Local lass achieves another first in Berlin

MIRI: Local girl Dr Michelle Teo Ai Ling achieved another milestone by winning seed money of 50,000 pound (RM230,000) for her SmartWard apps at Seedcamp Week Berlin recently.

SmartWard had won a place as one of the 20 top startup teams, and captured a coveted spot in the Seedcamp accelerator programme that was declared the top European accelerator in 2011.

“Dr Michelle will retire as a doctor with NHS Hospital in Nottingham, and join the startup company at Google’s campus in Shoreditch technology hub in London this July as its CEO, to focus on SmartWard development to deliver a beta version for a three-month trial run,” said her mother Diana Yeoh who was an educator at a local private school in Riam here.

As the spouse of newly elected Miri MP Dr Michael Teo, Yeoh was excited to learn of her daughter’s latest achievement after completion of her medical housemanship in the UK last year.

According to Yeoh, after Dr Michelle won seed funding in Germany, the UK decided that NHS (National Health System) hospitals must go digital, with NHS Health secretary Jeremy Hunt announcing a government budget of 260 million pound.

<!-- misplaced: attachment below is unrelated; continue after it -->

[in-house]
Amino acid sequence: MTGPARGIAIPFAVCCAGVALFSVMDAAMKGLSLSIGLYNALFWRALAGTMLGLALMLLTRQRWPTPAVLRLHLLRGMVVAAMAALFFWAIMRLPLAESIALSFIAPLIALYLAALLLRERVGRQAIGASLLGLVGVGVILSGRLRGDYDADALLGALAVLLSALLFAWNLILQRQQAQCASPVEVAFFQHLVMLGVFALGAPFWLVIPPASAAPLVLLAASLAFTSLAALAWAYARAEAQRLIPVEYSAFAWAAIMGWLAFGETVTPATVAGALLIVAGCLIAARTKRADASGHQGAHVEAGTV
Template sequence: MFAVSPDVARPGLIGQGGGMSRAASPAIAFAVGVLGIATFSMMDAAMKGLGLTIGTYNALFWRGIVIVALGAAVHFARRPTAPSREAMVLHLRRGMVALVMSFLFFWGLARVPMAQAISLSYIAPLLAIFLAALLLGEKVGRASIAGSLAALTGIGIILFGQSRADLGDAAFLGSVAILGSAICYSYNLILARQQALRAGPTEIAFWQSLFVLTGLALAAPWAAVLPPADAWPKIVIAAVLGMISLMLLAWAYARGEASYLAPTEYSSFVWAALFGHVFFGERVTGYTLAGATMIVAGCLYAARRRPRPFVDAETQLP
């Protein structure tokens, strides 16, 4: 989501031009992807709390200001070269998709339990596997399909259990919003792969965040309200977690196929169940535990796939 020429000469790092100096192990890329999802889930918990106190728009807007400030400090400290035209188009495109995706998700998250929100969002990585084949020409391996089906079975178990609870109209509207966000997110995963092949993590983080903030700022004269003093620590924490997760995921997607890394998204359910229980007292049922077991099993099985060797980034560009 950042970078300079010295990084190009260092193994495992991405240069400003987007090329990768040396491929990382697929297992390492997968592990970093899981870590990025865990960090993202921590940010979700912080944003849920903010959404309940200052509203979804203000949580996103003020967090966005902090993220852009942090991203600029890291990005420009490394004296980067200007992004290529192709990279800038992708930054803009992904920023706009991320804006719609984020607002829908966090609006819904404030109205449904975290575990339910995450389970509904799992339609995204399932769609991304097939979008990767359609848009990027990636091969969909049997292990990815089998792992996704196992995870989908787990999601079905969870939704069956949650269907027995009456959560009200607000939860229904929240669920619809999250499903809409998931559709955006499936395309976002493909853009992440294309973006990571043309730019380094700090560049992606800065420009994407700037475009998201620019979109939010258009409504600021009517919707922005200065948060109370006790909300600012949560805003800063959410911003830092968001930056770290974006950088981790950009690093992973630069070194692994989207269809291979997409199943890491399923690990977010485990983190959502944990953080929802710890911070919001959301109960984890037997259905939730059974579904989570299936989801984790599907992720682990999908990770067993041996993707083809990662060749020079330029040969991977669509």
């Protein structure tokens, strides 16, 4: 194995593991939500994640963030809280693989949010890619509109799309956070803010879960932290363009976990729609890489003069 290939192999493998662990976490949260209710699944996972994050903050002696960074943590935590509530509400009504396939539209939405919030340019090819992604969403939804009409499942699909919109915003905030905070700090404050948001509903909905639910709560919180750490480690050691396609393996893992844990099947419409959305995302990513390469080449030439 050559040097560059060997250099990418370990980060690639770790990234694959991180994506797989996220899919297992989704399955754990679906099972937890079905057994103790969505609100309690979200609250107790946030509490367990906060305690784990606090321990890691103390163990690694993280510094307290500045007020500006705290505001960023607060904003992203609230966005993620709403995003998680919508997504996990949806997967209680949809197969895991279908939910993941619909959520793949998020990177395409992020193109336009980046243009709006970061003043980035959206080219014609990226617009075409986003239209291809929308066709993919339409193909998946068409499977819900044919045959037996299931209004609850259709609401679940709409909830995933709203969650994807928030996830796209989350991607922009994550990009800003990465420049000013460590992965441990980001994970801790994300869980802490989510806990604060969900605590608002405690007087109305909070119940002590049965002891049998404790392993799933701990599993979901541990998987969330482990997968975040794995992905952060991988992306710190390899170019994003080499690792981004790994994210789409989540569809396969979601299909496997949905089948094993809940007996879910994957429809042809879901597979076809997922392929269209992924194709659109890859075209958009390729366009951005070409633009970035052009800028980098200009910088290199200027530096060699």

“Dr Michelle plans to meet up with the Health secretary to recommend SmartWard,” she added.

Subsequently, SmartWard will be introduced to hospitals here and elsewhere in the world, which is a smart application accessible through smartphones and tablets to improve patient care and save lives.

Last November, Dr Michelle’s SmartWard won the London Startup Weekend competition; topped the charts for Local Startup Weekends around the world; and went on to win third place in the Global Startup Battle 2012.

As a practising doctor and entrepreneur, Dr Michelle managed to build a strong, nine-person team, including current business partner, award-winning UX designer Jacopo Marcantonio.

The team used Dr Michelle’s firsthand perspective while working in a cancer ward to differentiate SmartWard, observing that “software built for doctors often doesn’t take into account what doctors really do.”

She outlined two main problems – ward management relying on pieces of paper that get skipped over, lost, or not handed over; and that none of the doctors know who is supposed to be around.

Shockingly, 1,000 patients die each month from hospital errors in the UK alone, hence SmartWard was designed to overcome such problems by reducing human error, streamlining ward communication involving rapidly changing information and critical tasks for patient care into one place.

“I want to build a product that is so good, it would be ethically wrong not to use it,” she added.

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